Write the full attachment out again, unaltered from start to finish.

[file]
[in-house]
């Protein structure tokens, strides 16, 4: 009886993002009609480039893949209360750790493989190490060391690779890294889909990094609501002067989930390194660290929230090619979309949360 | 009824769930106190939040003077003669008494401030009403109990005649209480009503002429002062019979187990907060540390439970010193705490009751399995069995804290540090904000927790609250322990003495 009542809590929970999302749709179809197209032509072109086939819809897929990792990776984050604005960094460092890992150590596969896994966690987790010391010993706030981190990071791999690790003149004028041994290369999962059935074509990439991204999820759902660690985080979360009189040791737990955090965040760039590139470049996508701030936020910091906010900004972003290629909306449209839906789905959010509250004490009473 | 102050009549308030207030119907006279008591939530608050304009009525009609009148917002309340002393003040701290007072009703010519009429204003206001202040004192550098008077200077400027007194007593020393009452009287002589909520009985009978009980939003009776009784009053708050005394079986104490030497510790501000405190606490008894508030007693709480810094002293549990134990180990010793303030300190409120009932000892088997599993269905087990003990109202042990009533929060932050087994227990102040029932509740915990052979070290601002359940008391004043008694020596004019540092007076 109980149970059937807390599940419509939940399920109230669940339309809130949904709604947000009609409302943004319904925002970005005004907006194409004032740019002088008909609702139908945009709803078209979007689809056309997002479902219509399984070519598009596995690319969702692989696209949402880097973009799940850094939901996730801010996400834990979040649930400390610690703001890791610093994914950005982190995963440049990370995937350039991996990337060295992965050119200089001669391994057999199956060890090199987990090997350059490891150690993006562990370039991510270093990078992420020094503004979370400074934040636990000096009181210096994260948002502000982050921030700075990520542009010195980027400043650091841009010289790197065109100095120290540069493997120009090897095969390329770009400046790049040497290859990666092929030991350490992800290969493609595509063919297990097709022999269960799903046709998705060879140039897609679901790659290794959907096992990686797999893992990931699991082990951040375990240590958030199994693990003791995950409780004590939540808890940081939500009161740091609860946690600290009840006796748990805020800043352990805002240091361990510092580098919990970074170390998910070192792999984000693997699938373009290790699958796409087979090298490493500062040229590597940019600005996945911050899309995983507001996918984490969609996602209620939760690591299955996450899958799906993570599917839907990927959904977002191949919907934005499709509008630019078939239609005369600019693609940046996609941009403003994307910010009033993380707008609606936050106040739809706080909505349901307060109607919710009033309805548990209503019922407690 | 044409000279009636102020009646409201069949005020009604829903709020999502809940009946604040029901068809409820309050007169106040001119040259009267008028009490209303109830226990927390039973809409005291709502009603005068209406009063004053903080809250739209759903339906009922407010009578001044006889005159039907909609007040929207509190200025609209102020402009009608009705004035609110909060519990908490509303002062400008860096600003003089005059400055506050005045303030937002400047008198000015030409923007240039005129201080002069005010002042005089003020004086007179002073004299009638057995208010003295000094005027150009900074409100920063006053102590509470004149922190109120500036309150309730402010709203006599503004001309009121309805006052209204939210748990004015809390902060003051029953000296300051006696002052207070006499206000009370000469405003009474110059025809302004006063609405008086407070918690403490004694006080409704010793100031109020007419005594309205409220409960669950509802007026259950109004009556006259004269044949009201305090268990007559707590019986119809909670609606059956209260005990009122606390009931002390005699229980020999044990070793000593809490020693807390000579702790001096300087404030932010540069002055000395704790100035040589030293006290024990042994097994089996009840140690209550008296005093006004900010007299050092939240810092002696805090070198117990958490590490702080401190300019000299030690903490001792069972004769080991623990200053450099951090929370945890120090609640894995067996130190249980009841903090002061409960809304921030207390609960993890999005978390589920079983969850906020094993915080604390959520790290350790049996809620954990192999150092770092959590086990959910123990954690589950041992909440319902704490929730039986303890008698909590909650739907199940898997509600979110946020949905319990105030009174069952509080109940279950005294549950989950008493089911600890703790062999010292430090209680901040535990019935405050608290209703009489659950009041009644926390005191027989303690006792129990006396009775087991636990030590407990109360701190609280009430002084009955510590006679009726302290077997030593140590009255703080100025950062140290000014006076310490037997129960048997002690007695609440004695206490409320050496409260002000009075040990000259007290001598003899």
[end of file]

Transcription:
[in-house]
């Protein structure tokens, strides 16, 4: 009886993002009609480039893949209360750790493989190490060391690779890294889909990094609501002067989930390194660290929230090619979309949360 | 009824769930106190939040003077003669008494401030009403109990005649209480009503002429002062019979187990907060540390439970010193705490009751399995069995804290540090904000927790609250322990003495 009542809590929970999302749709179809197209032509072109086939819809897929990792990776984050604005960094460092890992150590596969896994966690987790010391010993706030981190990071791999690790003149004028041994290369999962059935074509990439991204999820759902660690985080979360009189040791737990955090965040760039590139470049996508701030936020910091906010900004972003290629909306449209839906789905959010509250004490009473 | 102050009549308030207030119907006279008591939530608050304009009525009609009148917002309340002393003040701290007072009703010519009429204003206001202040004192550098008077200077400027007194007593020393009452009287002589909520009985009978009980939003009776009784009053708050005394079986104490030497510790501000405190606490008894508030007693709480810094002293549990134990180990010793303030300190409120009932000892088997599993269905087990003990109202042990009533929060932050087994227990102040029932509740915990052979070290601002359940008391004043008694020596004019540092007076 109980149970059937807390599940419509939940399920109230669940339309809130949904709604947000009609409302943004319904925002970005005004907006194409004032740019002088008909609702139908945009709803078209979007689809056309997002479902219509399984070519598009596995690319969702692989696209949402880097973009799940850094939901996730801010996400834990979040649930400390610690703001890791610093994914950005982190995963440049990370995937350039991996990337060295992965050119200089001669391994057999199956060890090199987990090997350059490891150690993006562990370039991510270093990078992420020094503004979370400074934040636990000096009181210096994260948002502000982050921030700075990520542009010195980027400043650091841009010289790197065109100095120290540069493997120009090897095969390329770009400046790049040497290859990666092929030991350490992800290969493609595509063919297990097709022999269960799903046709998705060879140039897609679901790659290794959907096992990686797999893992990931699991082990951040375990240590958030199994693990003791995950409780004590939540808890940081939500009161740091609860946690600290009840006796748990805020800043352990805002240091361990510092580098919990970074170390998910070192792999984000693997699938373009290790699958796409087979090298490493500062040229590597940019600005996945911050899309995983507001996918984490969609996602209620939760690591299955996450899958799906993570599917839907990927959904977002191949919907934005499709509008630019078939239609005369600019693609940046996609941009403003994307910010009033993380707008609606936050106040739809706080909505349901307060109607919710009033309805548990209503019922407690 | 044409000279009636102020009646409201069949005020009604829903709020999502809940009946604040029901068809409820309050007169106040001119040259009267008028009490209303109830226990927390039973809409005291709502009603005068209406009063004053903080809250739209759903339906009922407010009578001044006889005159039907909609007040929207509190200025609209102020402009009608009705004035609110909060519990908490509303002062400008860096600003003089005059400055506050005045303030937002400047008198000015030409923007240039005129201080002069005010002042005089003020004086007179002073004299009638057995208010003295000094005027150009900074409100920063006053102590509470004149922190109120500036309150309730402010709203006599503004001309009121309805006052209204939210748990004015809390902060003051029953000296300051006696002052207070006499206000009370000469405003009474110059025809302004006063609405008086407070918690403490004694006080409704010793100031109020007419005594309205409220409960669950509802007026259950109004009556006259004269044949009201305090268990007559707590019986119809909670609606059956209260005990009122606390009931002390005699229980020999044990070793000593809490020693807390000579702790001096300087404030932010540069002055000395704790100035040589030293006290024990042994097994089996009840140690209550008296005093006004900010007299050092939240810092002696805090070198117990958490590490702080401190300019000299030690903490001792069972004769080991623990200053450099951090929370945890120090609640894995067996130190249980009841903090002061409960809304921030207390609960993890999005978390589920079983969850906020094993915080604390959520790290350790049996809620954990192999150092770092959590086990959910123990954690589950041992909440319902704490929730039986303890008698909590909650739907199940898997509600979110946020949905319990105030009174069952509080109940279950005294549950989950008493089911600890703790062999010292430090209680901040535990019935405050608290209703009489659950009041009644926390005191027989303690006792129990006396009775087991636990030590407990109360701190609280009430002084009955510590006679009726302290077997030593140590009255703080100025950062140290000014006076310490037997129960048997002690007695609440004695206490409320050496409260002000009075040990000259007290001598003899």